Video: Passenger fall on light rail at MSP airport spurs calls for more announcements

Video: Passenger fall on light rail at MSP airport spurs calls for more announcements

Video: Passenger fall on light rail at MSP airport spurs calls for more announcements

On a small stretch of the Blue Line, two light rail platforms at the Minneapolis-St. Paul International Airport serve as a first and last stop for travelers from around the country and the world. 

John Lisbeth, 77, was headed home to Florida when he and his family members got on the train at Terminal 2 in July.

But what should have been a short hop to Terminal 1 turned into an ordeal from which Lisbeth is still recovering. 

“Before I could turn around and sit down, the train started,” Lisbeth said. “The acceleration was immediate, and there was no warning at all.”

Video from inside the train, obtained by 5 INVESTIGATES through the Minnesota Government Data Practices Act, shows Lisbeth falling backward and hitting his head on the floor.

He briefly lost consciousness as his family and other riders came to his aid.  

“Waking up in a pool of blood with people trying to get me off of the floor?” Lisbeth said. “I’ve been in accidents and been hurt before, but this was right at the top of the list.”

Metro Transit never investigated the incident. Now, both transportation advocates and the agency itself are considering whether more can be done to warn passengers – especially those traveling between terminals at the airport – when trains are about to depart. 

‘It just goes’

An officer with Airport Police was first to respond to 911 calls about Lisbeth’s fall on the train.

Body camera video obtained by 5 INVESTIGATES reveals questions about announcements on the train started as soon as the officer helped Lisbeth onto the platform at Terminal 1. 

“So, no warning at all?” Lisbeth’s grandson asked. 

“No, it just goes,” the officer replied. “It goes fast.”

“There will have to be a new policy then,” the grandson said. “That’s (expletive) ridiculous.”

As a world traveler, Lisbeth says the lack of announcements on the light rail train stood out to him because he has heard them so frequently elsewhere.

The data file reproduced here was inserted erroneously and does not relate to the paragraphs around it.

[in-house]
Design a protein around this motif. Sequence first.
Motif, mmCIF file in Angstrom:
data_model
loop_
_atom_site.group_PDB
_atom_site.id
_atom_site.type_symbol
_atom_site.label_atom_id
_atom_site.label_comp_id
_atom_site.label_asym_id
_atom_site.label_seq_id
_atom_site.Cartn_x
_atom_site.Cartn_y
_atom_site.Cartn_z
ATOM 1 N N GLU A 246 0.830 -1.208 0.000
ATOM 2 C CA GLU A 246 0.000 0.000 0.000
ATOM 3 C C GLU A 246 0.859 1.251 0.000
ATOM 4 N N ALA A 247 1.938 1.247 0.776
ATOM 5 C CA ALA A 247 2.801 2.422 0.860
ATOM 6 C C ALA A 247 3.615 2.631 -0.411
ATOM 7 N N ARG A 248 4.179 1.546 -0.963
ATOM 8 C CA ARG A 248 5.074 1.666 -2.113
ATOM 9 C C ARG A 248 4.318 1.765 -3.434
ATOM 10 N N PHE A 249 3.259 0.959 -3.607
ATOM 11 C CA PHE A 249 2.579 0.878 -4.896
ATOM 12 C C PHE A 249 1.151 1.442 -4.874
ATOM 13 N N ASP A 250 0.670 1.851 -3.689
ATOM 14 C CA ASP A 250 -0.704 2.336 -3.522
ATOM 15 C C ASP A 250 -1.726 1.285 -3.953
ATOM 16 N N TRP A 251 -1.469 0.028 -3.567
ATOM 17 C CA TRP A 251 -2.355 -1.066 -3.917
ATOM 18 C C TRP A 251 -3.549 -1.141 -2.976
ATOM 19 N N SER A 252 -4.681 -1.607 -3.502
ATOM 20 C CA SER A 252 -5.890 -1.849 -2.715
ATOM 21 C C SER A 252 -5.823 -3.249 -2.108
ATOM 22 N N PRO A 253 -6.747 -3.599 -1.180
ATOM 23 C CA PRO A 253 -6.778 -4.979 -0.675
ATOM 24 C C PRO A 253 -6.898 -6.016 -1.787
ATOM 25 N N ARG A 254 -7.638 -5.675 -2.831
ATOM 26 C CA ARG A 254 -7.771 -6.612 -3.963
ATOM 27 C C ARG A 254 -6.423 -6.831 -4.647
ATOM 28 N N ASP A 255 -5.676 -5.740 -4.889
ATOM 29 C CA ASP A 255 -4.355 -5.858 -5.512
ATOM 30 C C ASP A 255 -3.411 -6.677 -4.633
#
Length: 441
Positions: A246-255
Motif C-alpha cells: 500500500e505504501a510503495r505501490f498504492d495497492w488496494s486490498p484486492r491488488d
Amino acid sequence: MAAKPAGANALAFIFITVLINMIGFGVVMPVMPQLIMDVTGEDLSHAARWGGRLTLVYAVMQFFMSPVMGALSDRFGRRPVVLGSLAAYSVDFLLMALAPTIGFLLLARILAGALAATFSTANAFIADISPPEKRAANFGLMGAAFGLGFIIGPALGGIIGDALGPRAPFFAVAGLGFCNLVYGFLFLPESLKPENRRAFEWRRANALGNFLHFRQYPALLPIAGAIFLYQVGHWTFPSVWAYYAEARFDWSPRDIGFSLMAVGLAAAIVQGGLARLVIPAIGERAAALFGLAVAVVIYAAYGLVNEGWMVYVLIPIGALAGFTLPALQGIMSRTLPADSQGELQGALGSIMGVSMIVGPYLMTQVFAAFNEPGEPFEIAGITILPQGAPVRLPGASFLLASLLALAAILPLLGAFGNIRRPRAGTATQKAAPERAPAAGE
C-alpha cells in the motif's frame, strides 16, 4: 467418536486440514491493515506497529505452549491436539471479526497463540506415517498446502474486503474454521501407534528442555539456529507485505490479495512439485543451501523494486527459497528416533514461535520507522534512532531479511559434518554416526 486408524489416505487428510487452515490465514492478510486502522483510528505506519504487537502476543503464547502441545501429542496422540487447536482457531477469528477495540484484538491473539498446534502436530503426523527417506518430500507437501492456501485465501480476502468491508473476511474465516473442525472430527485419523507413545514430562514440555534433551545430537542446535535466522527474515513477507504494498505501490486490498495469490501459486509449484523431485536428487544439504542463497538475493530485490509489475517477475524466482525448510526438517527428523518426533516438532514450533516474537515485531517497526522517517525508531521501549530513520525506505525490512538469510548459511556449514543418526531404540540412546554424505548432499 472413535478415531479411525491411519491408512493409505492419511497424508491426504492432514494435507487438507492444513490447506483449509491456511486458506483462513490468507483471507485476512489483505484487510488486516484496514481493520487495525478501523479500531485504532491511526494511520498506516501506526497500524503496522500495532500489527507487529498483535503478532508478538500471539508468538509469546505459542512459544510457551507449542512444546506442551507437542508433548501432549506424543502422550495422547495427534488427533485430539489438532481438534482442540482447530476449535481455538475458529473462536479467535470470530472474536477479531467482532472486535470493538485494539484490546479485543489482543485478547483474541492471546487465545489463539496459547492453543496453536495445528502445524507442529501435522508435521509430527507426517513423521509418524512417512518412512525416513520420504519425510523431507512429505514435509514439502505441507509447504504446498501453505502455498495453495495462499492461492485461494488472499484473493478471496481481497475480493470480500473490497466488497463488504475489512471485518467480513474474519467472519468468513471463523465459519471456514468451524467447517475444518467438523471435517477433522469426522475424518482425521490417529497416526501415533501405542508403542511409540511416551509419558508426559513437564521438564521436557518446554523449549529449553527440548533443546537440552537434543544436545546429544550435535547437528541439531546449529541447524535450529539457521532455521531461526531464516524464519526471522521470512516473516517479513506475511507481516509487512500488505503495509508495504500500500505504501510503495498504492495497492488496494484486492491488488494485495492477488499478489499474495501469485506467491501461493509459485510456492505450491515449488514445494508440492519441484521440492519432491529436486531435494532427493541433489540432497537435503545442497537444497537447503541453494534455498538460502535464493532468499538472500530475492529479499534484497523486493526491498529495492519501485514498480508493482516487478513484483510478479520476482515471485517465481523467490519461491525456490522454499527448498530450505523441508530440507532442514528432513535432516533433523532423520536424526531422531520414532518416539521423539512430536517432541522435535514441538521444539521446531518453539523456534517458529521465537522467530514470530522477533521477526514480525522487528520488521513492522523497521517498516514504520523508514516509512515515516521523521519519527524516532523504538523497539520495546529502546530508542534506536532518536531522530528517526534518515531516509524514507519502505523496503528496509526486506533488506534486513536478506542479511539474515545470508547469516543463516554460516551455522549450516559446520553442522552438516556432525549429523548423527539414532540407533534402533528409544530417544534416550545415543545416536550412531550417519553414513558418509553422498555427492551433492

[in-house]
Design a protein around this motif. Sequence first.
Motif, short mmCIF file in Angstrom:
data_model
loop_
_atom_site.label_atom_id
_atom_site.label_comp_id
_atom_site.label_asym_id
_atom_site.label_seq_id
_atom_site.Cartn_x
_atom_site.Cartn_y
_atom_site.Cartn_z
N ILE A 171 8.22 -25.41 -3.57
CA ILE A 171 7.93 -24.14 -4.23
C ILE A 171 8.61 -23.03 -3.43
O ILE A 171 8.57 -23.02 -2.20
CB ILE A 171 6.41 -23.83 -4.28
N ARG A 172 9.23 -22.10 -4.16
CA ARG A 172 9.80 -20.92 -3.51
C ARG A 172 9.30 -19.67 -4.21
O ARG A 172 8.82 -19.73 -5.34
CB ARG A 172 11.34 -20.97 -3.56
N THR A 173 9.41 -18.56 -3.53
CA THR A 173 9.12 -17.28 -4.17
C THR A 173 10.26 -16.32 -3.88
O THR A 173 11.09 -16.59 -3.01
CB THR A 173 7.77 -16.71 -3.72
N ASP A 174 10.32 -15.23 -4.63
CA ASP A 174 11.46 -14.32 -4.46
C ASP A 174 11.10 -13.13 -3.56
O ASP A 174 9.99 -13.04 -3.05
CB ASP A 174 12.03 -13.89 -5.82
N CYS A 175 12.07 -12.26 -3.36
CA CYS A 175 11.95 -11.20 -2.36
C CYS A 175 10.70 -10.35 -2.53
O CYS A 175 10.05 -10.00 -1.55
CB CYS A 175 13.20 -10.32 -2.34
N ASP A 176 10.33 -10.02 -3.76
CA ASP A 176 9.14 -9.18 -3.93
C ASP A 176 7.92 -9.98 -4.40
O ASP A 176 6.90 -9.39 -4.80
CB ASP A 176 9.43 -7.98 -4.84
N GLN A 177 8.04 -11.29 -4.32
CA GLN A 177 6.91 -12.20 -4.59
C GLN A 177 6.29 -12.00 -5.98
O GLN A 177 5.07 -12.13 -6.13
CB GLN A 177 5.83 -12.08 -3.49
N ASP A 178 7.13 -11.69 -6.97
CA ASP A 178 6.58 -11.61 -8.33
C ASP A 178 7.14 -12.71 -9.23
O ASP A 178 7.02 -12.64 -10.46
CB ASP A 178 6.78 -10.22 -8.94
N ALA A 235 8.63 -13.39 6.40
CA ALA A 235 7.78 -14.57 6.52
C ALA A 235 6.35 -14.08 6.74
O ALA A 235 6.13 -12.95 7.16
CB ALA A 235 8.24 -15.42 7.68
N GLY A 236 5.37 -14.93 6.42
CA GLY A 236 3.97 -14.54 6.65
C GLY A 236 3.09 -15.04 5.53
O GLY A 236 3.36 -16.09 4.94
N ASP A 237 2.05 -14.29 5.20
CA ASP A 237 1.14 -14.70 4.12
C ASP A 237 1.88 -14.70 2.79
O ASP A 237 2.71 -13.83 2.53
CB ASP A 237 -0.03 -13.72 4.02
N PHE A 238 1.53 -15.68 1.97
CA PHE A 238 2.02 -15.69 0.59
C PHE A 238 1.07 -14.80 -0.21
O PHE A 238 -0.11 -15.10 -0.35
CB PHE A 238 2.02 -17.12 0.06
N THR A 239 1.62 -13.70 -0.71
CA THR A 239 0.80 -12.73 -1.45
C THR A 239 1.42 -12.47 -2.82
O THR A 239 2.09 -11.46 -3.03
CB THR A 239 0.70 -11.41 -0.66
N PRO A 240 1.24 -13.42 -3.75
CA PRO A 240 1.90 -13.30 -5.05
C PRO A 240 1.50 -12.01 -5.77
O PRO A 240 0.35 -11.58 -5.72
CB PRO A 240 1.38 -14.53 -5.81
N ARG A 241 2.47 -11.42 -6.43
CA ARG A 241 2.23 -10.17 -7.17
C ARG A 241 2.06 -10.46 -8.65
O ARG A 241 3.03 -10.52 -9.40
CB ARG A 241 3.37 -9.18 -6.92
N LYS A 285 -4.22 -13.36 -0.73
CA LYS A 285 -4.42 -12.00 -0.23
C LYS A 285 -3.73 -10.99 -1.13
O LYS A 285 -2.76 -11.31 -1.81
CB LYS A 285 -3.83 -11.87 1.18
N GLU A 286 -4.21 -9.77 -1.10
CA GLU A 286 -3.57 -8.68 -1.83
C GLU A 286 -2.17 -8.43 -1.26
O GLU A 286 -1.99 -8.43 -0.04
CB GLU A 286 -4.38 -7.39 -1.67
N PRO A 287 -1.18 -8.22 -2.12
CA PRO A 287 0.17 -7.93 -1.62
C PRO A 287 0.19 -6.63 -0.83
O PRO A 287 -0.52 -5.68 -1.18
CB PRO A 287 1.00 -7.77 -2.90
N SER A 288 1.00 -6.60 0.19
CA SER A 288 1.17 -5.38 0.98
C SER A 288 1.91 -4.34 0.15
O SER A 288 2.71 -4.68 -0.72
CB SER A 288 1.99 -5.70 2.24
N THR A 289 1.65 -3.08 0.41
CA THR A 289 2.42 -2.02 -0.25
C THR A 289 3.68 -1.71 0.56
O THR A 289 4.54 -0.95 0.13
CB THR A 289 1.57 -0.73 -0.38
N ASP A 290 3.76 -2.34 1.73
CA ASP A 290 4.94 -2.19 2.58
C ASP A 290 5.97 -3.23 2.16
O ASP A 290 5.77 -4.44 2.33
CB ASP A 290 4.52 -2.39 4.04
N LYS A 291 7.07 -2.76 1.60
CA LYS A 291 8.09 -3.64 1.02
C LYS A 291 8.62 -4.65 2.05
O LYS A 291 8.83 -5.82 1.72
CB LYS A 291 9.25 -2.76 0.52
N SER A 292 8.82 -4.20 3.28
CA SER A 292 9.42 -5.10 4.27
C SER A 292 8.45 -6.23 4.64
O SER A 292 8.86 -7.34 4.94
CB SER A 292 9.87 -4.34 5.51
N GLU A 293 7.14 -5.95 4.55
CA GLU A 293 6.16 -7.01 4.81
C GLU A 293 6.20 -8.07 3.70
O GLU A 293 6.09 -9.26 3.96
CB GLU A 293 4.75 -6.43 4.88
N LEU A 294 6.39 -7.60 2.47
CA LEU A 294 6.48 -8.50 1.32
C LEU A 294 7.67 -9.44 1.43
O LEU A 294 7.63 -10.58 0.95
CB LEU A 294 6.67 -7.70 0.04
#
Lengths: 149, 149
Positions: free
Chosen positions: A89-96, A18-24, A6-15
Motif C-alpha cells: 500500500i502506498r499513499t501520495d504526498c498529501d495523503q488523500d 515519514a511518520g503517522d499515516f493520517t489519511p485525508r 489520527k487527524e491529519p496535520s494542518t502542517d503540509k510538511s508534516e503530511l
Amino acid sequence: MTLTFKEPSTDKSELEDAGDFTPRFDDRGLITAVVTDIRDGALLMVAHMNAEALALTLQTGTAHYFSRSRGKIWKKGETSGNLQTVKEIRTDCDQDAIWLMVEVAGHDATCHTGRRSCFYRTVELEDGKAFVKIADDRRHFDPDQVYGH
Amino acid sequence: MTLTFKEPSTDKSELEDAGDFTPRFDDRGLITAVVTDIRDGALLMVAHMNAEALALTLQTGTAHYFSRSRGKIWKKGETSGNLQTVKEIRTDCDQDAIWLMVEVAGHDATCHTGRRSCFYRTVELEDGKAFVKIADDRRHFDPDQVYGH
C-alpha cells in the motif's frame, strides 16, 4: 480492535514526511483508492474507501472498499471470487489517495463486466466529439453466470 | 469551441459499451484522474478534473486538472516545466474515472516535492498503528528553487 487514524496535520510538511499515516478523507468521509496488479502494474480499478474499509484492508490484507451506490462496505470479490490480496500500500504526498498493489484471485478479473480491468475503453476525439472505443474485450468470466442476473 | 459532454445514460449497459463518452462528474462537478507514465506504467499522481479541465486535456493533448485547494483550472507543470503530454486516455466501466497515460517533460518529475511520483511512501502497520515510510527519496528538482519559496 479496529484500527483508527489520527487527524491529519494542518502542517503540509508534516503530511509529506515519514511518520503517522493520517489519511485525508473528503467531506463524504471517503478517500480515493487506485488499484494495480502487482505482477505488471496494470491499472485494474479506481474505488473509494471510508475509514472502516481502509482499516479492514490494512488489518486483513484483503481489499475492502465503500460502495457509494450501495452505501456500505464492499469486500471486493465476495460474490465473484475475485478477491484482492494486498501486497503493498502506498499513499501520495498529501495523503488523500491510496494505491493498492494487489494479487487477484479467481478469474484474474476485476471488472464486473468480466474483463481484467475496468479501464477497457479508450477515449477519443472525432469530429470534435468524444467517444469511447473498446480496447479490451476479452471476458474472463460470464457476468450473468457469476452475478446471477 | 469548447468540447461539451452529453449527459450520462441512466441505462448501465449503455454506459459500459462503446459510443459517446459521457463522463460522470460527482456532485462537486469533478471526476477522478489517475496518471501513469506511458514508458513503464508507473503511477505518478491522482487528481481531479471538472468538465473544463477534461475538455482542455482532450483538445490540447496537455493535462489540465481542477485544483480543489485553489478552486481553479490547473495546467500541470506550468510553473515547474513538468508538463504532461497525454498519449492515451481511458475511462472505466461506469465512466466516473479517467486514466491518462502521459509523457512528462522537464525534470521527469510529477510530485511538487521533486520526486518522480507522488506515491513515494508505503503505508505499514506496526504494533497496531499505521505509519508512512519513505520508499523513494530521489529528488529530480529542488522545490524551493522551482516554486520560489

“Even overseas in Europe, they’ll warn you in the native language, and they’ll warn you in English,” Lisbeth said. “But in this case, there was no warning whatsoever.”

The same kind of warnings can be found on a separate tram at MSP, run by the airport and not Metro Transit.

“Please hold on,” a recorded voice announces to passengers. “The tram is departing the station.”

Considering changes

The injuries to Lisbeth’s hand and head were significant enough to send him to the hospital for stitches and a brain scan, causing him to miss his flight. 

A report from Airport Police noted the “sudden movement of the train.”

Officers at the scene also called in Metro Transit Police, who requested video of Lisbeth’s fall for “Risk Management review.”

Metro Transit has a Safety Department tasked with investigating serious injuries to passengers and other major events such as collisions, but the agency tells 5 INVESTIGATES it never looked into what happened to Lisbeth because “the extent of injuries was not reported immediately.”

Metro Transit also declined an interview request but added that it is now “considering adding on-board or on-platform signage and/or announcements” about departing trains.

“This is not an unsolvable problem,” Lisbeth said. “It’s an easy fix.”

The conversation about improved safety is welcomed by Joan Willshire, the former executive director of the Minnesota Council on Disability and a longtime advocate for accessible transportation. 

“To be able to act on this, to hopefully avoid any other incidents in the future, certainly would be of value, I think here,” said Willshire after watching the video of Lisbeth’s fall. “He certainly appeared to be not disabled, so what might happen if it was a person with a disability?”

Moving forward

As Lisbeth continues to recover at home in Florida, he says he is still considering whether to take legal action.

Metro Transit says “passenger falls are not systematically tracked” across the system, but safety remains its “highest priority,” and it continuously works “to identify opportunities where improvements can be made.” 

“If this is happening all the time, if it’s happening once, there’s no excuse for this thing to take off like that,” Lisbeth said. “I want this problem fixed.”